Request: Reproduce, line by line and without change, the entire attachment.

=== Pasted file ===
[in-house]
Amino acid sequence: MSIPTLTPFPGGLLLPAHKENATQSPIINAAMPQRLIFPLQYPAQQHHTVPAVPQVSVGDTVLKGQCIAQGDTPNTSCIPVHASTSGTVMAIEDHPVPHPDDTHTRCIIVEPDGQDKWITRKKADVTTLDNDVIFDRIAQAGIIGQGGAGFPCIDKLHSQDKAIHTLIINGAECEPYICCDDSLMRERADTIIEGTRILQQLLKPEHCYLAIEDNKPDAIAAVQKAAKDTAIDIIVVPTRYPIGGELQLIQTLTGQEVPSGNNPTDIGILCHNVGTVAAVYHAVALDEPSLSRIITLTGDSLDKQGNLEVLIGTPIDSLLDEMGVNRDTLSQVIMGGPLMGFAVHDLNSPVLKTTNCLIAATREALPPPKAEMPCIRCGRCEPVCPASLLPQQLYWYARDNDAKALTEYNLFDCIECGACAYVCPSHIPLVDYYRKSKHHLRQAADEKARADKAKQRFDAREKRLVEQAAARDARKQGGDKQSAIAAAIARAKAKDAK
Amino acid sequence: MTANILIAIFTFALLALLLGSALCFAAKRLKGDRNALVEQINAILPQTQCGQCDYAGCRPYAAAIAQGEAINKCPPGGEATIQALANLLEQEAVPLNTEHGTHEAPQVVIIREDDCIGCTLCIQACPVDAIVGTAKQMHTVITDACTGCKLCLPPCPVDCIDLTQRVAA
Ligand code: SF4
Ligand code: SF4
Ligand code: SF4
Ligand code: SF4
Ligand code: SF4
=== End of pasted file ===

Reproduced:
[in-house]
Amino acid sequence: MSIPTLTPFPGGLLLPAHKENATQSPIINAAMPQRLIFPLQYPAQQHHTVPAVPQVSVGDTVLKGQCIAQGDTPNTSCIPVHASTSGTVMAIEDHPVPHPDDTHTRCIIVEPDGQDKWITRKKADVTTLDNDVIFDRIAQAGIIGQGGAGFPCIDKLHSQDKAIHTLIINGAECEPYICCDDSLMRERADTIIEGTRILQQLLKPEHCYLAIEDNKPDAIAAVQKAAKDTAIDIIVVPTRYPIGGELQLIQTLTGQEVPSGNNPTDIGILCHNVGTVAAVYHAVALDEPSLSRIITLTGDSLDKQGNLEVLIGTPIDSLLDEMGVNRDTLSQVIMGGPLMGFAVHDLNSPVLKTTNCLIAATREALPPPKAEMPCIRCGRCEPVCPASLLPQQLYWYARDNDAKALTEYNLFDCIECGACAYVCPSHIPLVDYYRKSKHHLRQAADEKARADKAKQRFDAREKRLVEQAAARDARKQGGDKQSAIAAAIARAKAKDAK
Amino acid sequence: MTANILIAIFTFALLALLLGSALCFAAKRLKGDRNALVEQINAILPQTQCGQCDYAGCRPYAAAIAQGEAINKCPPGGEATIQALANLLEQEAVPLNTEHGTHEAPQVVIIREDDCIGCTLCIQACPVDAIVGTAKQMHTVITDACTGCKLCLPPCPVDCIDLTQRVAA
Ligand code: SF4
Ligand code: SF4
Ligand code: SF4
Ligand code: SF4
Ligand code: SF4